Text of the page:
written by: Finn Orfano•edited by: Bill Fulks•updated: 6/21/2010
Advice for both consumers and technicians for dealing with virus or malware infected computers.
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Virus and Malware Infections
When it comes to paying for computer maintenance, you may worry about the costs such as how much for computer virus removal. If you are a technician trying to determine normal rates for computer virus removal, there are many things to consider. Either way, the job is as different as the virus or malware you are trying to remove. Sometimes it takes hours and sometimes only a few minutes. Here are some things to consider where you are doing the billing or paying the bill.
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Here are a few examples of pretty common computing scenarios: You can’t get on the web without being inundated with pornographic pop-up windows. Perhaps some security software you’ve never heard of says you have a dozen different viruses, and paying for an upgrade will get rid of them all. When you try to diagnose the problem yourself with utilities like the Registry Editor or Task Manager, something automatically closes them. If you’re having any of these problems, it means your computer is infected with a virus or malware.
If you don’t know how to fix the problem yourself, then you may need to call for help. If you have data that needs to be copied off the hard drive, then you really need help. No matter what the case, it’s going to cost money if you have to pay someone else to fix it. Personally, I wouldn’t pay more than $100.
Don’t let yourself get taken by greedy PC techs. Be sure to get an up-front quote before you let anybody do any work on your system. The reason for this is that most experienced computer technicians should already have a solid idea of what they need to do to get your computer working again. There’s no point in paying somebody more than what a computer is even worth just to get it running again, because I have seen some ridiculous price quotes for otherwise basic services. Haggle if you must, but don’t get ripped off.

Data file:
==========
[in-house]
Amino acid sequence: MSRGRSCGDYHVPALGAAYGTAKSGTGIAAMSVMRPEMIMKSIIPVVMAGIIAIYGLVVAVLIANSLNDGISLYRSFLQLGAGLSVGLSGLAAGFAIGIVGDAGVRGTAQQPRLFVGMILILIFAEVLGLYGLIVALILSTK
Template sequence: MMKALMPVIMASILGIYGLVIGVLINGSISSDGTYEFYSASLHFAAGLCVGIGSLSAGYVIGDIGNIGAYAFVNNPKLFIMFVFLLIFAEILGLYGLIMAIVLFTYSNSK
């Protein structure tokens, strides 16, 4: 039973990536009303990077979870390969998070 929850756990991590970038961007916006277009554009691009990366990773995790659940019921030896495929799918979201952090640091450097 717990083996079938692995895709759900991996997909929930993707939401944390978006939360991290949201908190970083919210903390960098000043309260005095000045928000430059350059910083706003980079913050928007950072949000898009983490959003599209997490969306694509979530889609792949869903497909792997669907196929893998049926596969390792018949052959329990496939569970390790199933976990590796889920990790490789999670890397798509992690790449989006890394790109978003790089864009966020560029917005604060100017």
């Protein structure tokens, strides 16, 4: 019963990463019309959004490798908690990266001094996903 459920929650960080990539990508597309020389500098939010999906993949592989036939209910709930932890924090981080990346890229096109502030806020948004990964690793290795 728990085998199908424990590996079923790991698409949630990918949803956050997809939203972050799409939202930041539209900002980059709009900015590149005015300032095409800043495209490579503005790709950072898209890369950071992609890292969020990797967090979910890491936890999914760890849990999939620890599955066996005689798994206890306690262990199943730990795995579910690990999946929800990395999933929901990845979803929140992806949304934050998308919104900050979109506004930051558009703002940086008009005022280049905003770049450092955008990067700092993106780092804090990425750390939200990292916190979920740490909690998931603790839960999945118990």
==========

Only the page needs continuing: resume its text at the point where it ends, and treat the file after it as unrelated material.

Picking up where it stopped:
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Joe Blow just walked into your shop with a computer that he says is infected. You and I both know that all you really need to do is drop the hard drive in a spare PC and connect it as a slave drive, then let a few different (and mostly free) security programs do a full scan to get rid of most troublesome viruses and malware. The process will take several hours depending on how big and/or how old the hard drive is. You’ve got the customer in a vulnerable spot, but don’t take advantage. That’s not cool.
If you were to charge by the hour, then charge by the actual amount of time you spend in front of the computer, and not for the total scan time of all the programs you use. Maybe you should even decide on a flat rate to charge for virus removal. Sometimes all you have to do is recreate a user profile and copy over the contents of their Desktop, My Documents and Favorites folders. If you get really lucky, they might have a restore disc you can use to wipe the hard drive and reinstall everything.
I recommend that you decide on a base rate to charge, then advertise it and you’d be surprised how many people have infected computers these days. Be sure to clearly identify the symptoms and you’re bound to gain a few new customers. Don’t rip anyone off and you might wind up with repeat business later on.
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If you just spent any amount of money to have a virus removed from your computer, you should look into getting some security software. Most security suites that include antivirus, antimalware, and firewall protection all cost less than what you’d pay a technician to do a one-time cleaning. Besides that, it’s a smart thing to have so that your PC doesn’t get infected or compromised again. Learn from your mistakes, and be prepared for the next attack because new viruses and malware pop up every day.